Medical Research Council, Biotechnology and Biological Sciences Research Council, Leukaemia and Lymphoma Research, Leukemia and Lymphoma Society, Microsoft Research, Wellcome Trust

Contact: Craig Brierley
craig.brierley@admin.cam.ac.uk
44-012-237-66205
University of Cambridge

Public Release: 9-Feb-2015
Cancer
Study identifies clinical signs suggestive of impending death in patients with advanced cancer
While the diagnosis of an impending death is always sad, it can be important for patients, families, and clinicians as they make decisions related to hospital discharge, hospice referral, and treatments.

Contact: Evelyn Martinez
sciencenewsroom@wiley.com
Wiley

Public Release: 9-Feb-2015
Nature
A new opportunity to treat drug-resistant leukemia discovered
An international joint effort between University of Helsinki and Pfizer researchers has led to the discovery of a new opportunity to treat drug-resistant leukemia with an approved renal cancer drug.

Contact: Krister Wennerberg
krister.wennerberg@fimm.fi
358-504-154-900
University of Helsinki

Public Release: 9-Feb-2015
Southern Surgical Association 126th Annual Meeting
Journal of the American College of Surgeons
Many mastectomy patients with locally advanced breast cancer do not get postop radiation
Breast cancer patients who undergo a mastectomy should receive subsequent radiation treatment if their cancer has spread to four or more nearby lymph nodes, however, according to a new study, only 65 percent of these women are getting the recommended postmastectomy radiation therapy.
Louisiana State University Charles Knight Sr. Endowed Professorship

Contact: Sally Garneski
pressinquiry@facs.org
312-202-5409
American College of Surgeons

Public Release: 9-Feb-2015
Cancer Epidemiology, Biomarkers, and Prevention
Study links new genetic anomalies to breast cancer in African-American families
Researcher Heather Ochs-Balcom says, 'Our family-based gene hunt is similar to the groundbreaking study among women with European ancestry done in the early 1990s that led to the discovery of BRCA1 and BRCA2 gene mutations, which greatly increase susceptibility to breast and ovarian cancer.'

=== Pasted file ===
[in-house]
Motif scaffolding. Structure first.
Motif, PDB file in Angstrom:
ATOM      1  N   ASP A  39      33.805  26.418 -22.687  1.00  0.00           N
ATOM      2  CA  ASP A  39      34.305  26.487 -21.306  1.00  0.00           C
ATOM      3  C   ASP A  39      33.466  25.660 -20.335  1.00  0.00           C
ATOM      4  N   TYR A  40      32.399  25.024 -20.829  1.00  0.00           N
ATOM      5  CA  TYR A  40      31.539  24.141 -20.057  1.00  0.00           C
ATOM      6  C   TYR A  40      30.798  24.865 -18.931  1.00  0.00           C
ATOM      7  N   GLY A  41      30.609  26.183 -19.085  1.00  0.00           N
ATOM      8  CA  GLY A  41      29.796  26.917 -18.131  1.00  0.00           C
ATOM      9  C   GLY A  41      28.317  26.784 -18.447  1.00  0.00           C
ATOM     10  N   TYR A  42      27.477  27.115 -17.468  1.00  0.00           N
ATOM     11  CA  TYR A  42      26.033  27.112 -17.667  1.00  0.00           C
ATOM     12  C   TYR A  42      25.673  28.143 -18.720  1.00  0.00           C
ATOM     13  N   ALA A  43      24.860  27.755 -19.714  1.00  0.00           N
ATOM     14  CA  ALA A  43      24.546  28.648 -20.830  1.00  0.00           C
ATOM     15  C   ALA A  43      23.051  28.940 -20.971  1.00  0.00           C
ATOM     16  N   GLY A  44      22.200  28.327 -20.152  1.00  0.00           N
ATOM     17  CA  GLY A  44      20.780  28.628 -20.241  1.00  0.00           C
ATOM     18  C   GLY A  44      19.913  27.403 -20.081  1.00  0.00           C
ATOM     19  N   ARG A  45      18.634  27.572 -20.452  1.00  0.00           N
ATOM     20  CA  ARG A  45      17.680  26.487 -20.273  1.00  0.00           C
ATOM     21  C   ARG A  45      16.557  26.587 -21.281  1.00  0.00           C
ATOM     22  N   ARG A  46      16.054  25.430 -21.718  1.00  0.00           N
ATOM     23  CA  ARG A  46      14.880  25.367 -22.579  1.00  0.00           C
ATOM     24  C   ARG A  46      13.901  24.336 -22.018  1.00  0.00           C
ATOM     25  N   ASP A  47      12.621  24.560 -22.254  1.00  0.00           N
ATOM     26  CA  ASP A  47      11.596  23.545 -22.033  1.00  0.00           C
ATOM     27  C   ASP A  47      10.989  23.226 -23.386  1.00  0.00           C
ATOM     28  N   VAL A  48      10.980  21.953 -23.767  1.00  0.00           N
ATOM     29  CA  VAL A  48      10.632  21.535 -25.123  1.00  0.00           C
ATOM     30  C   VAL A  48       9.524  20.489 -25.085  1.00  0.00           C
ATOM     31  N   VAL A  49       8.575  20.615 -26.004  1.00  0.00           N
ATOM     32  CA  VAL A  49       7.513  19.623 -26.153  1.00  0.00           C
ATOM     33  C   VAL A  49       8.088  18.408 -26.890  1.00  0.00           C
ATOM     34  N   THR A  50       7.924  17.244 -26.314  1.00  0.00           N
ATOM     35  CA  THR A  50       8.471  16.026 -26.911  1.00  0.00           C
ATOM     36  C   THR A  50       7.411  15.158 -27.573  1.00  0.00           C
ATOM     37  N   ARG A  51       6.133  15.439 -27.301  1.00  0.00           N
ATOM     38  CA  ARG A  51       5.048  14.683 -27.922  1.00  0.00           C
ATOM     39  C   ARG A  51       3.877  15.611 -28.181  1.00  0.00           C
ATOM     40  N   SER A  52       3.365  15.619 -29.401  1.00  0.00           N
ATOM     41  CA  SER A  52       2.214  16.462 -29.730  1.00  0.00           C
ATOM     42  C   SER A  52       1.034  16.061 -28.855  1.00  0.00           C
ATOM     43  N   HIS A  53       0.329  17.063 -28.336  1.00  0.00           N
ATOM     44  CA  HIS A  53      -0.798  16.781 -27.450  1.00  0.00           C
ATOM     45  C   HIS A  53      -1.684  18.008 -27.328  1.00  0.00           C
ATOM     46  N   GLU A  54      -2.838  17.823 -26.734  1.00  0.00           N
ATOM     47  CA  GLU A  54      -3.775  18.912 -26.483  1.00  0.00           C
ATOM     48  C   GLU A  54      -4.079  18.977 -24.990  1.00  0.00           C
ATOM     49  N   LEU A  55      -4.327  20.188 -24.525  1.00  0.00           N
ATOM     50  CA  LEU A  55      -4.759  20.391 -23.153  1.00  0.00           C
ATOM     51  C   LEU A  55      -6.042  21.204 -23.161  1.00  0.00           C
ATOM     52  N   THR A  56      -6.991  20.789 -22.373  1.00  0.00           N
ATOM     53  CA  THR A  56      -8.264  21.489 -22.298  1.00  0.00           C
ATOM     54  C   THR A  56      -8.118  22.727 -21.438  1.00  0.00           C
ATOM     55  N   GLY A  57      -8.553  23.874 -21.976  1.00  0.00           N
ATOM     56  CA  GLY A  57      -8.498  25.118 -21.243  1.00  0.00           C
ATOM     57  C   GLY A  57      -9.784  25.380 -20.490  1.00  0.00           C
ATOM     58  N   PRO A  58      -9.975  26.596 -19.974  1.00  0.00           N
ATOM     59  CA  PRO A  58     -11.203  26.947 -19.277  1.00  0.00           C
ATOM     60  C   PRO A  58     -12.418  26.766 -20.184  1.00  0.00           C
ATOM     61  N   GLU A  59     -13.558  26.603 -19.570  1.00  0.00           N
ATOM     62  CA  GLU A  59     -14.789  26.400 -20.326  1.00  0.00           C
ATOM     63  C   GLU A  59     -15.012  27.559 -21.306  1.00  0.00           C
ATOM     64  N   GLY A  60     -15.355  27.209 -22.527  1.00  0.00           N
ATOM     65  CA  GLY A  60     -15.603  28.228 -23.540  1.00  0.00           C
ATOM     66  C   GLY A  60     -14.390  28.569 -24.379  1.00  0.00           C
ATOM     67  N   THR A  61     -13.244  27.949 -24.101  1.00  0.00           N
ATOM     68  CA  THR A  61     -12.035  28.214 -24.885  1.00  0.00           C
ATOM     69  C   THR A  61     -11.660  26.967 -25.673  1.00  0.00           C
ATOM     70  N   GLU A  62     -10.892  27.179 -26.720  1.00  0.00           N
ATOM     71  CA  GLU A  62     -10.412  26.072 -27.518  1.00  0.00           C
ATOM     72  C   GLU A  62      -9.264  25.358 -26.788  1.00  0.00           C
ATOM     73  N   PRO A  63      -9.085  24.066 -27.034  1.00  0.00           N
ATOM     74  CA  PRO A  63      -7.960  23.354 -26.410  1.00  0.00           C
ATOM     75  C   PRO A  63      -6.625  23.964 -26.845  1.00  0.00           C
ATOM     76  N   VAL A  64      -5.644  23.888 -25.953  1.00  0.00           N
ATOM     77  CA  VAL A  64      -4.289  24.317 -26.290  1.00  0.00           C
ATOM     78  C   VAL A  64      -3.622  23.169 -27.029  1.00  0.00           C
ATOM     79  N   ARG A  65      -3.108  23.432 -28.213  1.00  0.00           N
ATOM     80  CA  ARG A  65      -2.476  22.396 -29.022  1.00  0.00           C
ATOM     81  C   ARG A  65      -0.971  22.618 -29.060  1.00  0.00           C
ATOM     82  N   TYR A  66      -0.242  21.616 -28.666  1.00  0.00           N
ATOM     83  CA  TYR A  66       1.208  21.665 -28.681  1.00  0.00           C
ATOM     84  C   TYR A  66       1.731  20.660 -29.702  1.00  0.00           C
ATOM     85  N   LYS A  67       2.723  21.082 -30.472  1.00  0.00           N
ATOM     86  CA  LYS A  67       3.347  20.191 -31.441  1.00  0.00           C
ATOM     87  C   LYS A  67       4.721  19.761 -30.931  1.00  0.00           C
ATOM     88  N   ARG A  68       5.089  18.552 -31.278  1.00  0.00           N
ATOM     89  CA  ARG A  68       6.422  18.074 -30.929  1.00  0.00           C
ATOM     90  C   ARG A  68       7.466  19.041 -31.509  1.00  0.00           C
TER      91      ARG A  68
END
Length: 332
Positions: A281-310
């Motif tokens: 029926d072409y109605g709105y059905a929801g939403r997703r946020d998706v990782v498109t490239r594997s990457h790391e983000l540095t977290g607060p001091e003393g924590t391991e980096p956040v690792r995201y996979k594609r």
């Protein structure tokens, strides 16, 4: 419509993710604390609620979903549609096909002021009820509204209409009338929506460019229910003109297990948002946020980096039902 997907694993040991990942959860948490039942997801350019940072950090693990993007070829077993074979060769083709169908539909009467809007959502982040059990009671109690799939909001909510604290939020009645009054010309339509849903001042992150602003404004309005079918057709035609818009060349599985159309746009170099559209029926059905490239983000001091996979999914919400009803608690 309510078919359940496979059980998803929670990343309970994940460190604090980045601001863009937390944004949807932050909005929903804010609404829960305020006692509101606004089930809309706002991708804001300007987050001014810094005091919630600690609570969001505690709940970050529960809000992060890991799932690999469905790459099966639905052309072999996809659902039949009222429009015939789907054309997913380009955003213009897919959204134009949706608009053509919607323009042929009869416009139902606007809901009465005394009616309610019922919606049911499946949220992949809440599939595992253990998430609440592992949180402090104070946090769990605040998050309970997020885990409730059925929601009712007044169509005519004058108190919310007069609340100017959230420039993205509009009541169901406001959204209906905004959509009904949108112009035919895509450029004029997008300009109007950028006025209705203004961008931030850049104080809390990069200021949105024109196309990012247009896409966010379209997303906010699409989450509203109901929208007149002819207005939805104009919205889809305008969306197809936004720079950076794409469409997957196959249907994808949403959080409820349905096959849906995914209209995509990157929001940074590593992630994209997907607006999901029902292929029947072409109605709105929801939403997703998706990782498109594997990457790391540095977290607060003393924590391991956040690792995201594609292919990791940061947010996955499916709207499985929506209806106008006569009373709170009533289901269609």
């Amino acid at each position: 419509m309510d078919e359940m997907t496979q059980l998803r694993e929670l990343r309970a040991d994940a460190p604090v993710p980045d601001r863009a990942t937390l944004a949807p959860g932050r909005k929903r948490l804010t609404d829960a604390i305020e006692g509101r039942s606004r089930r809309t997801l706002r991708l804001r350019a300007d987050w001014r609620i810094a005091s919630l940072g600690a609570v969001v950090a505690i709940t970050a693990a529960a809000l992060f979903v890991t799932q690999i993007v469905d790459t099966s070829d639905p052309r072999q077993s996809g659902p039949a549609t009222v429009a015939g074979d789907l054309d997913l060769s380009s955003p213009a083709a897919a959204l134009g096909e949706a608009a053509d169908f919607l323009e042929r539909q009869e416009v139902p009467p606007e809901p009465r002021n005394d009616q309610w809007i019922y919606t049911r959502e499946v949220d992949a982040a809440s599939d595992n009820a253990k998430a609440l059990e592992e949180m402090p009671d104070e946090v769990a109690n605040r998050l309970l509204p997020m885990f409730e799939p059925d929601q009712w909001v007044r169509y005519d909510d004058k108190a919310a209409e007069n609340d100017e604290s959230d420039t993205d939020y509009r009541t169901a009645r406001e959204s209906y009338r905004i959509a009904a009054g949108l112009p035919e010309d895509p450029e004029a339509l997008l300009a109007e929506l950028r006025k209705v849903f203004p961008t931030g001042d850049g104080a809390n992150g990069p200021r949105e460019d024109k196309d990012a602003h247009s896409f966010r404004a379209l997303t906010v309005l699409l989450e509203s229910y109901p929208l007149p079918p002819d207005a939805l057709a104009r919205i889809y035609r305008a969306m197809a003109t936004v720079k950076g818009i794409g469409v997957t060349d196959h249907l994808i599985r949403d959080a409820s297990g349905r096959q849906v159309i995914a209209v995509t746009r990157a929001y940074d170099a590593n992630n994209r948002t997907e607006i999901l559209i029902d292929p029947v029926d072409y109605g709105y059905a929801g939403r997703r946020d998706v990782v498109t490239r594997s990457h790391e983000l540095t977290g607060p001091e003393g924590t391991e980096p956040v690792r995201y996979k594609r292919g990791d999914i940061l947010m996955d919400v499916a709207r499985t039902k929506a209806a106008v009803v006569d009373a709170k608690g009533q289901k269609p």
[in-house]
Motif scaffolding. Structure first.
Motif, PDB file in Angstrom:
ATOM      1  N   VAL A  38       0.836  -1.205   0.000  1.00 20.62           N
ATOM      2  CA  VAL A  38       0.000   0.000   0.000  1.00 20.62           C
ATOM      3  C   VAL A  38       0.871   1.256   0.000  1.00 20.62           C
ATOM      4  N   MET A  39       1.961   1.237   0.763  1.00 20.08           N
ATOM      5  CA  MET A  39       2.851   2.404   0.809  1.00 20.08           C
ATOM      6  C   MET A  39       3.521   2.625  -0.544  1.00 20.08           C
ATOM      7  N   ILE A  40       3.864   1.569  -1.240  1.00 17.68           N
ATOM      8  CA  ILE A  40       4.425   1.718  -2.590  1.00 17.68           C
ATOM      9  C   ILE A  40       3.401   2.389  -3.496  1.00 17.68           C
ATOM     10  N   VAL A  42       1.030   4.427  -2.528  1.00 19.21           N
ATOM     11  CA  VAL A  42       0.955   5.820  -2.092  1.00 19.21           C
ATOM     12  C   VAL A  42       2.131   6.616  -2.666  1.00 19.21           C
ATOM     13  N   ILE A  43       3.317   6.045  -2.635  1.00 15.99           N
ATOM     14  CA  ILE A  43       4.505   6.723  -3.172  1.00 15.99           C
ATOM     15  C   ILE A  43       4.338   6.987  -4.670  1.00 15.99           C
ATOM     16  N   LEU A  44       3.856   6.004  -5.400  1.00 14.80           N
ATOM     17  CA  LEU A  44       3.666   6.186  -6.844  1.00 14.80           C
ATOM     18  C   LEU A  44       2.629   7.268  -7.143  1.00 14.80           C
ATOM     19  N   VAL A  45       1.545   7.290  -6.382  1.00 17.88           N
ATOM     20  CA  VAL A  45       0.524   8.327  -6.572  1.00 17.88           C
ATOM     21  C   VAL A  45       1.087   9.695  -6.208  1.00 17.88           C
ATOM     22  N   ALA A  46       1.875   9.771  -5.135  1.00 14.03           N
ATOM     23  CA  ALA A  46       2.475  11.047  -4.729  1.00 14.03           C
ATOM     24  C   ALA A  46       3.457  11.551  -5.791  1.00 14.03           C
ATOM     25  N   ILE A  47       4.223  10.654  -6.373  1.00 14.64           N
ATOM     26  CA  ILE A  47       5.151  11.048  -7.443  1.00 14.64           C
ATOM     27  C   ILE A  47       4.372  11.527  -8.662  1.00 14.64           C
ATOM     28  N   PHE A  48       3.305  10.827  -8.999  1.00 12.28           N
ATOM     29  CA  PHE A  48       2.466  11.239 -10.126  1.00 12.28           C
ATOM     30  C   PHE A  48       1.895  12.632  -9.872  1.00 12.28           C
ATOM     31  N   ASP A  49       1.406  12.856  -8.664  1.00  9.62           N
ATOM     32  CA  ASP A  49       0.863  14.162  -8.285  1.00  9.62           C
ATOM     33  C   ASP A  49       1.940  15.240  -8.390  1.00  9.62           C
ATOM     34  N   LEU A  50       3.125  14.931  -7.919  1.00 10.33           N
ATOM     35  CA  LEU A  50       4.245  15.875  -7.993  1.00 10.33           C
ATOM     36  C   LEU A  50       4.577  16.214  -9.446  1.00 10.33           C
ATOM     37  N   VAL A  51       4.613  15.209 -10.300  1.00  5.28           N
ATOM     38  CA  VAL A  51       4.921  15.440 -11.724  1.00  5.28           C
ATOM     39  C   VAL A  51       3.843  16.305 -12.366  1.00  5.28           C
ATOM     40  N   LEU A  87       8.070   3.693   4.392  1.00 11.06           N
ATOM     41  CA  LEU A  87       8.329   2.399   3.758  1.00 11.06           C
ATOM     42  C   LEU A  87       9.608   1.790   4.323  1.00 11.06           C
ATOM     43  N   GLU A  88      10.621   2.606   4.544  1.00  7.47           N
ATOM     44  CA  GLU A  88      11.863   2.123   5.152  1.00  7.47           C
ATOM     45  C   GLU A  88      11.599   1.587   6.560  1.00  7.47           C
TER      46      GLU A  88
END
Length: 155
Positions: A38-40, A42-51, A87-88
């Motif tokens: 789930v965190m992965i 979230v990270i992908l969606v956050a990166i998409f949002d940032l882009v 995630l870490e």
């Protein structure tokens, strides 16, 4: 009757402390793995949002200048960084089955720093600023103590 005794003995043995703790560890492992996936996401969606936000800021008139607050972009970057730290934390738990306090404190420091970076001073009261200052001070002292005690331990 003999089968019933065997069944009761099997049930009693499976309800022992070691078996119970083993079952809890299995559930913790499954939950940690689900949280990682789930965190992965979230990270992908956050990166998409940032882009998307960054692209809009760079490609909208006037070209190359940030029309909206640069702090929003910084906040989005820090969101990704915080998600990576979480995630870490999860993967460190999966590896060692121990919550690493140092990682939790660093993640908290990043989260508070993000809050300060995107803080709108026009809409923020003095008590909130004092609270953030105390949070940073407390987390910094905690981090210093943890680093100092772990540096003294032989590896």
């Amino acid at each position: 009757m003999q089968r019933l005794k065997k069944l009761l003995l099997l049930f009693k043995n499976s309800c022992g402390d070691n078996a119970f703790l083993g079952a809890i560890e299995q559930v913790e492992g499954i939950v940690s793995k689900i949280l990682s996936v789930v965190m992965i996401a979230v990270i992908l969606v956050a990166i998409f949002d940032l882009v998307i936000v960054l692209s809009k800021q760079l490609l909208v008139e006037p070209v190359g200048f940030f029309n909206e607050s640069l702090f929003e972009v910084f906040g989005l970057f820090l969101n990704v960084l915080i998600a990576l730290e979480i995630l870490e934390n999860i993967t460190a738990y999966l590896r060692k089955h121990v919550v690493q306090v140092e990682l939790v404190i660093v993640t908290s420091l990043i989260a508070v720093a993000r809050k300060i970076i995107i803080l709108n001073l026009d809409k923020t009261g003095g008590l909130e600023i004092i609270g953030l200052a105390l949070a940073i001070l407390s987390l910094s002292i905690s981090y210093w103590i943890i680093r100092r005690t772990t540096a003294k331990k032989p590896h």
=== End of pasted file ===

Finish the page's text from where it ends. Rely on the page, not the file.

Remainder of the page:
Contact: Patricia Donovan
pdonovan@buffalo.edu
716-645-4602
University at Buffalo

Public Release: 9-Feb-2015
ASTRO applauds CMS's decision to cover annual, LDCT screening for high-risk lung cancer patients
The American Society for Radiation Oncology commends the Febr. 5, 2015, decision by the Centers for Medicare and Medicaid Services to provide coverage for annual lung cancer screening via low-dose CT screening for those at highest-risk for lung cancer.

Contact: Michelle Kirkwood
michellek@astro.org
703-286-1600
American Society for Radiation Oncology

Public Release: 9-Feb-2015
Journal of National Cancer Institute
Study finds no reason for cancer survivors to be excluded in advanced stage lung cancer trials
The common practice of excluding patients with a prior cancer diagnosis from lung cancer clinical trials may not be justified, according to a study by researchers from UT Southwestern Medical Center.

Contact: Lori Sundeen Soderbergh
lori.soderbergh@utsouthwestern.edu
214-648-3404
UT Southwestern Medical Center

Public Release: 9-Feb-2015
Nature Genetics
Inherited gene variations tied to treatment-related hearing loss in cancer patients
St. Jude Children's Research Hospital investigators have discovered inherited genetic variations that are associated with rapid hearing loss in young cancer patients treated with the drug cisplatin. The research appears in the current online issue of the scientific journal Nature Genetics.
National Institutes of Health, ALSAC

Contact: Carrie Strehlau
carrie.strehlau@stjude.org
901-595-2295
St. Jude Children's Research Hospital

Public Release: 9-Feb-2015
Annals of Internal Medicine
Lung screening guidelines improve on study findings
A set of guidelines developed to help standardized lung cancer screening would have generated considerably fewer false-positives than the National Lung Screening Trial produced, according to a new retrospective study.
National Institutes of Health

Contact: Nicole Fawcett
nfawcett@umich.edu
734-764-2220
University of Michigan Health System

Public Release: 9-Feb-2015
Nature Genetics
Keck Medicine of USC researchers trace origins of colorectal cancer tumor cells
For the first time, Keck Medicine of the University of Southern California cancer researchers have traced the origins of colorectal cancer cells, finding important clues to why tumor cells become 'good' or 'bad,' with the potential of stopping them before they start.
National Cancer Institute, The V Foundation for Cancer Research

Contact: Leslie Ridgeway
lridgewa@usc.edu
323-442-2823
University of Southern California - Health Sciences